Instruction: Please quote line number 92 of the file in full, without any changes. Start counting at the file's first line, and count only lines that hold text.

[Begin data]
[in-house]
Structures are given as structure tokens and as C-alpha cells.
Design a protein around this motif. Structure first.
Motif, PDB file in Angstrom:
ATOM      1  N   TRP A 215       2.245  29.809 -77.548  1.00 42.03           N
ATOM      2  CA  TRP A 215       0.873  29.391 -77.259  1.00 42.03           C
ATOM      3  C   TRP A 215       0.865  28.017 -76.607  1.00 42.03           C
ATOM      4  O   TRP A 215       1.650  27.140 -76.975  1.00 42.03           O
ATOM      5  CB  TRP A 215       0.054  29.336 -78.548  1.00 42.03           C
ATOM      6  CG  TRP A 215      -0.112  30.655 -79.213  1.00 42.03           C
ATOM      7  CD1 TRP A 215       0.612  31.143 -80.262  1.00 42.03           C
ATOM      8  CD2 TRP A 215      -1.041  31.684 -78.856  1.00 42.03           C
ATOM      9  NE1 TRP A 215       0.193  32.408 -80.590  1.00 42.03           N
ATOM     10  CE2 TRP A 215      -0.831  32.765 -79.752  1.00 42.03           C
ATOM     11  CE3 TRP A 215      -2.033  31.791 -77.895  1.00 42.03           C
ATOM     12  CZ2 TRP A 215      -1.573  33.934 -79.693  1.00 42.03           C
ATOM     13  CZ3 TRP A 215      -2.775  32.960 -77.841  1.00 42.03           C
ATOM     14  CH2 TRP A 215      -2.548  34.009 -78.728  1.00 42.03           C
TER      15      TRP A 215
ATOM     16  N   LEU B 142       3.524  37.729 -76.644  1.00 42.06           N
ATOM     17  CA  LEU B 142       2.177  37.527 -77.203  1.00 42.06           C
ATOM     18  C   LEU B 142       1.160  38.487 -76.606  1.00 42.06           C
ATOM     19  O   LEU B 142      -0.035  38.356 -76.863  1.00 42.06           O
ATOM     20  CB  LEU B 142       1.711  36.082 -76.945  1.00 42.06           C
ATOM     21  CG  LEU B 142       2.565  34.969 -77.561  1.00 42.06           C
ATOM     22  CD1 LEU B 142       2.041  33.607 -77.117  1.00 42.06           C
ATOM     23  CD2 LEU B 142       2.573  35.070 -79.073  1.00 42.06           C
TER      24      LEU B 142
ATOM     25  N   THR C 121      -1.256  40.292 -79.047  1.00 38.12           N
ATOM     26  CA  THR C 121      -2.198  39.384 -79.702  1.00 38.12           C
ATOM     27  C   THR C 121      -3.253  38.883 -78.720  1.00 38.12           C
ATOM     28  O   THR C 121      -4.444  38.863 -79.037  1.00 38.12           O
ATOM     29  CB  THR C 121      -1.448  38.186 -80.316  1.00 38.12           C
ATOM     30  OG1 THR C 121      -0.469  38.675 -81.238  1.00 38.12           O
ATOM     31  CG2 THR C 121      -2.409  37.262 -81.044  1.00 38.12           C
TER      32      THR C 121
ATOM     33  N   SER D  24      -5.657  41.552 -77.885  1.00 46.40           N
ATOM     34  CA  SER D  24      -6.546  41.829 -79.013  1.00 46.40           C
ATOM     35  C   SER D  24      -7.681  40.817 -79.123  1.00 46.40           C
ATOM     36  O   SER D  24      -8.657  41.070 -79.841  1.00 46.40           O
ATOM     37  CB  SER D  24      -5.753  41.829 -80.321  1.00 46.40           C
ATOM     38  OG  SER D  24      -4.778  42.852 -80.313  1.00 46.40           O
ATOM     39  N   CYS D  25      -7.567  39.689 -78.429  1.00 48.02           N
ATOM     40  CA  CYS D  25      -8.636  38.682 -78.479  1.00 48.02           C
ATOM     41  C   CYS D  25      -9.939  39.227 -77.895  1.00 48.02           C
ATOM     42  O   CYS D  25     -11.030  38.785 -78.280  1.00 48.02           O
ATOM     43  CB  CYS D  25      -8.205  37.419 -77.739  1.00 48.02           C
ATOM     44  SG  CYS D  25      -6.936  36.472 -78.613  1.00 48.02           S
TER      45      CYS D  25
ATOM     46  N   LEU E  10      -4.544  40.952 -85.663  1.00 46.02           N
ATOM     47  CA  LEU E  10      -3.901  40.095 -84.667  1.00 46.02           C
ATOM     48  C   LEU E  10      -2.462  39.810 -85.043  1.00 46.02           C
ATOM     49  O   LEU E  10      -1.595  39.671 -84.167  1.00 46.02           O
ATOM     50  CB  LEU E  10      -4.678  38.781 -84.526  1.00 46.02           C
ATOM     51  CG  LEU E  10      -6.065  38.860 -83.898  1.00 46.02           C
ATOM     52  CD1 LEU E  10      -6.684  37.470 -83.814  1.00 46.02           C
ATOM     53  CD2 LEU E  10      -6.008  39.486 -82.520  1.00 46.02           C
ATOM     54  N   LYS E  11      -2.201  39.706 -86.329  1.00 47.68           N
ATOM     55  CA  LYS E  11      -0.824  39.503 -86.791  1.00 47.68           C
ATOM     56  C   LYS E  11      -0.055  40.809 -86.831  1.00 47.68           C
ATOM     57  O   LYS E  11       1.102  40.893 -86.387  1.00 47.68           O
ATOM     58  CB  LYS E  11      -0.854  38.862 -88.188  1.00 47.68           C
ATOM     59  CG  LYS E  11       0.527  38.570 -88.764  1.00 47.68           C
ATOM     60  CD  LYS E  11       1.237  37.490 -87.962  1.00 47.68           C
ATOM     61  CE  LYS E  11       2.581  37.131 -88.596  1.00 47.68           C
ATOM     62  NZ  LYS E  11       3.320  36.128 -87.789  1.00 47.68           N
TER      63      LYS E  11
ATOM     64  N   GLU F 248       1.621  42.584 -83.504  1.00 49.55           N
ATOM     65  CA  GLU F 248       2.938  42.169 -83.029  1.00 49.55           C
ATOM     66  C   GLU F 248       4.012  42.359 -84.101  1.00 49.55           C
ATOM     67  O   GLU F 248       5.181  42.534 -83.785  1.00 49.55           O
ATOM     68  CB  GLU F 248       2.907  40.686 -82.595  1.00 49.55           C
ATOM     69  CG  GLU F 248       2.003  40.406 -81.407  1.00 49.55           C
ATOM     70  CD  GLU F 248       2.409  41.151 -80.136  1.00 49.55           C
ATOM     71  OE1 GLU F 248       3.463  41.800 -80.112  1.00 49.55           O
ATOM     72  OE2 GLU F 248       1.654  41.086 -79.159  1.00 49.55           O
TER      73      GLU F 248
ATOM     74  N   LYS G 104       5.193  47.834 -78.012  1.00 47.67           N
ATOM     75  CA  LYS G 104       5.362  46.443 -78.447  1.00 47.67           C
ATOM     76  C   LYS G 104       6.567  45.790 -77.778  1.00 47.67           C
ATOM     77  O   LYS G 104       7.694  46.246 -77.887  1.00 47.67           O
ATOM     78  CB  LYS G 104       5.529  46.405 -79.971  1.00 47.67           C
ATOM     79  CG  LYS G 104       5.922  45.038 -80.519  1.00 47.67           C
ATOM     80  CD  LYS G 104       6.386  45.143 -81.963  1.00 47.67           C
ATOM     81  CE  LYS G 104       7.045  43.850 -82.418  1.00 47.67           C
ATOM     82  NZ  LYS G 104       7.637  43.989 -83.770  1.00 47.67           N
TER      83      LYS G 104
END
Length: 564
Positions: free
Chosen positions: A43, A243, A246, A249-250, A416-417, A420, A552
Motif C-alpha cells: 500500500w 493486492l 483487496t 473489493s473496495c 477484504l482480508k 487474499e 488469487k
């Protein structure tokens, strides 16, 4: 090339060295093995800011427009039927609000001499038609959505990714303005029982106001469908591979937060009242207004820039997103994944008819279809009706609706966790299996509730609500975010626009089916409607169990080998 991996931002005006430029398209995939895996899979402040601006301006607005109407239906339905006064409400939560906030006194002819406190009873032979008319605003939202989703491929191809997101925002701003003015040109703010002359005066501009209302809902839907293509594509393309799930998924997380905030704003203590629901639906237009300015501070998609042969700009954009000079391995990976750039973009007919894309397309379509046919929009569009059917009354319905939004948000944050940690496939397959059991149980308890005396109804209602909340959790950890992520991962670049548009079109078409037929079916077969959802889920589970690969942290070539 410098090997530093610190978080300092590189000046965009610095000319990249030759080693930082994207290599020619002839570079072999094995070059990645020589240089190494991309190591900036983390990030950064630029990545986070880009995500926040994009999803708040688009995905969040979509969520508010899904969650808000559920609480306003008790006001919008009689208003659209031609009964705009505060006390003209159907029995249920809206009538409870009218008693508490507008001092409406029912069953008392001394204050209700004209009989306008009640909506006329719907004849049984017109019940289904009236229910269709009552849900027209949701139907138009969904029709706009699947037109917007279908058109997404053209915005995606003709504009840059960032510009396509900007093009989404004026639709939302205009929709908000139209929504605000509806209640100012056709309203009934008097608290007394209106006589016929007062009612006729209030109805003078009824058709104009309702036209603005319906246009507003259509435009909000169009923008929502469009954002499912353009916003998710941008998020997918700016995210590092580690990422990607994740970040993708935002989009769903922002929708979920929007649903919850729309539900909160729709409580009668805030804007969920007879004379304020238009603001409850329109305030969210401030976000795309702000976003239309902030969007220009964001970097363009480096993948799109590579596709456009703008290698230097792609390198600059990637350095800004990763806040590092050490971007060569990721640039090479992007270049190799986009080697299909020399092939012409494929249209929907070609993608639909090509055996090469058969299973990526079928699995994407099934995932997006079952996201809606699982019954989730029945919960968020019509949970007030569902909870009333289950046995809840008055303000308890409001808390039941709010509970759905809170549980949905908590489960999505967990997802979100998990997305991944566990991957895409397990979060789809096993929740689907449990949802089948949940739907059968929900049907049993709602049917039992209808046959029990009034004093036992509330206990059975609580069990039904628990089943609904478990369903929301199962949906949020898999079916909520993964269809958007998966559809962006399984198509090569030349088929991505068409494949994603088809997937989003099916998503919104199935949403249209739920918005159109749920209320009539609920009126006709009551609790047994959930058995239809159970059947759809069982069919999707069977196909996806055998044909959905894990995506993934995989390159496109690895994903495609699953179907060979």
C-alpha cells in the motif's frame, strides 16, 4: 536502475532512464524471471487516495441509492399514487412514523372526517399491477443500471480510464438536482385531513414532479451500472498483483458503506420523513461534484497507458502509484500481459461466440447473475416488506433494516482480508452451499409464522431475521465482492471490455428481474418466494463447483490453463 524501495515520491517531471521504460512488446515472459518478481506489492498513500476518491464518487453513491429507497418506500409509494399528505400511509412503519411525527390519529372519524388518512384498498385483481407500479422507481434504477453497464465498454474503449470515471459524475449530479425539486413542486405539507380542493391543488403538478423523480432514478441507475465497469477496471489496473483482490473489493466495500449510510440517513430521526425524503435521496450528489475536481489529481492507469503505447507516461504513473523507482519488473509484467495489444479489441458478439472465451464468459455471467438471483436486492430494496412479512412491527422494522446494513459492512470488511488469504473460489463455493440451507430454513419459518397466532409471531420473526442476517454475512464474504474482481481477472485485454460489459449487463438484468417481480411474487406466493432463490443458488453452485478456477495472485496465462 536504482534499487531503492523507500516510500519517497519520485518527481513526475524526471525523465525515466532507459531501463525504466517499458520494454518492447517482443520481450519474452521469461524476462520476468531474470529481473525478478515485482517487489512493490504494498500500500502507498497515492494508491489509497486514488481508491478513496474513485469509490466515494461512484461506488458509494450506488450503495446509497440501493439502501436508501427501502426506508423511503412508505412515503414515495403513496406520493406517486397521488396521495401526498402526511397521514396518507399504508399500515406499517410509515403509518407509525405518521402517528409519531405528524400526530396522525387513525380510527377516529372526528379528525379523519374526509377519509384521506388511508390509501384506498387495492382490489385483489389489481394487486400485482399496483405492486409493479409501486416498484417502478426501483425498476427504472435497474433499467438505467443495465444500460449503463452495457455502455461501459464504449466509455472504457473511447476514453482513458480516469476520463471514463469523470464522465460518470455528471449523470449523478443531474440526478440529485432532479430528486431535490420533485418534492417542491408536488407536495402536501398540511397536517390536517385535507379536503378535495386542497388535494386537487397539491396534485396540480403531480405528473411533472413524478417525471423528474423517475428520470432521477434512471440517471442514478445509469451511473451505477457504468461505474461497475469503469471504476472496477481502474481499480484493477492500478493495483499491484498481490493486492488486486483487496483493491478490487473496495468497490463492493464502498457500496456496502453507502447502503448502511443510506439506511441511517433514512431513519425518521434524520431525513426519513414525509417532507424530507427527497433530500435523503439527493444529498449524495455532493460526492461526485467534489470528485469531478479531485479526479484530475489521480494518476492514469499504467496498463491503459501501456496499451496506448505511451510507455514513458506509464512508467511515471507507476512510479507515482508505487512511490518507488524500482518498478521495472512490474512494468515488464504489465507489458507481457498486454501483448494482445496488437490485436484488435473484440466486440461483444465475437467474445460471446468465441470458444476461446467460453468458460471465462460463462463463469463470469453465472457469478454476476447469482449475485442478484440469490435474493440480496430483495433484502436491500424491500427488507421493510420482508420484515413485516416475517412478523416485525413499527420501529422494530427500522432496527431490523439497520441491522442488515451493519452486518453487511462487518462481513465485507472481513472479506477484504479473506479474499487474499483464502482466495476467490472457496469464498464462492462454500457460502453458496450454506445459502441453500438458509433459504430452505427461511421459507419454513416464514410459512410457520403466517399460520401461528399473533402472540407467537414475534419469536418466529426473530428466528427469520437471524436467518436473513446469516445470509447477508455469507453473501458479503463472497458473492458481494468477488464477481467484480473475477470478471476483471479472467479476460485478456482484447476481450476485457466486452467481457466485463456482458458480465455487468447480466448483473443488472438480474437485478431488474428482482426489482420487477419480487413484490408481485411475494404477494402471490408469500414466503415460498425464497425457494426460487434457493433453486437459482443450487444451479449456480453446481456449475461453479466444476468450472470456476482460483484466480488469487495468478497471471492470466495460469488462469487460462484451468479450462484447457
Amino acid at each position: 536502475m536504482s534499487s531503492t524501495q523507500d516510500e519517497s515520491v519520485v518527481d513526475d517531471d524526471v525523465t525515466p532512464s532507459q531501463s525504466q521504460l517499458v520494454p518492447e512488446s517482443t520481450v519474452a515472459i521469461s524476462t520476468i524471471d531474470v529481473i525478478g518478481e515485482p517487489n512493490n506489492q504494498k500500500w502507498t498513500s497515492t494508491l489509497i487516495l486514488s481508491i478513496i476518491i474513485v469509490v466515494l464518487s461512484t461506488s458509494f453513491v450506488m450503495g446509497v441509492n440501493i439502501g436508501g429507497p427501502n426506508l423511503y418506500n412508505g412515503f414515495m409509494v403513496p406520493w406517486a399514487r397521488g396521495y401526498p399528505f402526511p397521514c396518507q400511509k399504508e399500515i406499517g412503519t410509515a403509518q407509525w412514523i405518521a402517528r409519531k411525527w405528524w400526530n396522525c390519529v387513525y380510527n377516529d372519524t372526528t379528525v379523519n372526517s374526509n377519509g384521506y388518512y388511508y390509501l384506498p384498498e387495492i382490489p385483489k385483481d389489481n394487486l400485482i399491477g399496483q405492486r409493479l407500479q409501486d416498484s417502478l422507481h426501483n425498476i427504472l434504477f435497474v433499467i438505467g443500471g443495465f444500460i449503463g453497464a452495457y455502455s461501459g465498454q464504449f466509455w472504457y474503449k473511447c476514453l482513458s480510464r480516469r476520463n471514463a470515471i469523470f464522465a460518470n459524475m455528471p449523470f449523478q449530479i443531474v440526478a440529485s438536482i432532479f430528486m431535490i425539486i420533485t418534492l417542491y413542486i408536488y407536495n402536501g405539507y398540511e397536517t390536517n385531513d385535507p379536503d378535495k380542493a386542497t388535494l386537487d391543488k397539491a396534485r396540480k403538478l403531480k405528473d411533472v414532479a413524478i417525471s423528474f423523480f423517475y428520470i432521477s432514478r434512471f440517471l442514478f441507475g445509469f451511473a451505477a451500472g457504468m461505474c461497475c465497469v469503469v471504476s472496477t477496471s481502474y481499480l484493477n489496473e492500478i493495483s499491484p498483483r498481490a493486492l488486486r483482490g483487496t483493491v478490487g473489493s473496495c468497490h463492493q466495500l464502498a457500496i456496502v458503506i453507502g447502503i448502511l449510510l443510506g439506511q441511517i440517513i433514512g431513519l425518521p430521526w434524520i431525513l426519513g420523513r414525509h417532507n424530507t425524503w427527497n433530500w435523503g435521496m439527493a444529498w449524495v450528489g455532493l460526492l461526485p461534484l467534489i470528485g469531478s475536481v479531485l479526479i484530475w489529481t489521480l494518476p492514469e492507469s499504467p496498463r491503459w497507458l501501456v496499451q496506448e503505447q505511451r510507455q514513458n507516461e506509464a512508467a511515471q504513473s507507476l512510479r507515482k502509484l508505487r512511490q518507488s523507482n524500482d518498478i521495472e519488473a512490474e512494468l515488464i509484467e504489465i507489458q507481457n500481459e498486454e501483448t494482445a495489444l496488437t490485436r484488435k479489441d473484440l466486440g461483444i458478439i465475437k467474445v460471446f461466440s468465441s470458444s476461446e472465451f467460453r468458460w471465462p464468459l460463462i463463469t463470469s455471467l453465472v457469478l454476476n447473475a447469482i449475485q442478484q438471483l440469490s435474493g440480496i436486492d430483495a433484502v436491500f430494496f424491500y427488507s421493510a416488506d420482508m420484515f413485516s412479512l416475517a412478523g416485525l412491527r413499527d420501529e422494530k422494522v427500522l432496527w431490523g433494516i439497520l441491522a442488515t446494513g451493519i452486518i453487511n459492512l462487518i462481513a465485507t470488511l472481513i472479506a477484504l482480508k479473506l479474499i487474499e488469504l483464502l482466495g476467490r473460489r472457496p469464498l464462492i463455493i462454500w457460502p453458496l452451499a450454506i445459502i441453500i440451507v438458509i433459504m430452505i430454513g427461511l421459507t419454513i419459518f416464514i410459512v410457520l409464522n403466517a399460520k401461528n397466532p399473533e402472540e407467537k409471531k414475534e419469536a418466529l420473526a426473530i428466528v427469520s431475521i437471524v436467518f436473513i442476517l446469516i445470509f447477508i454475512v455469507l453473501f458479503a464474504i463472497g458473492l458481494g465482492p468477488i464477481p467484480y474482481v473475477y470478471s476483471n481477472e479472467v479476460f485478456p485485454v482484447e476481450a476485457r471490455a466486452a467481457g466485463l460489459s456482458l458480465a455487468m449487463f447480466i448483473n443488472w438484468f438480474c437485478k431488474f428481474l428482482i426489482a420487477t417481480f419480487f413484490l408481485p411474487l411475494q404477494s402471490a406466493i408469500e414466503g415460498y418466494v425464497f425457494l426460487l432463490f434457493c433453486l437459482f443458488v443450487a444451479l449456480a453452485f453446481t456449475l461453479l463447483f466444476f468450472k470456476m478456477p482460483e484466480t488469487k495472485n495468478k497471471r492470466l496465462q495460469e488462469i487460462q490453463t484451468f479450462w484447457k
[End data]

Motif C-alpha cells: 500500500w 493486492l 483487496t 473489493s473496495c 477484504l482480508k 487474499e 488469487k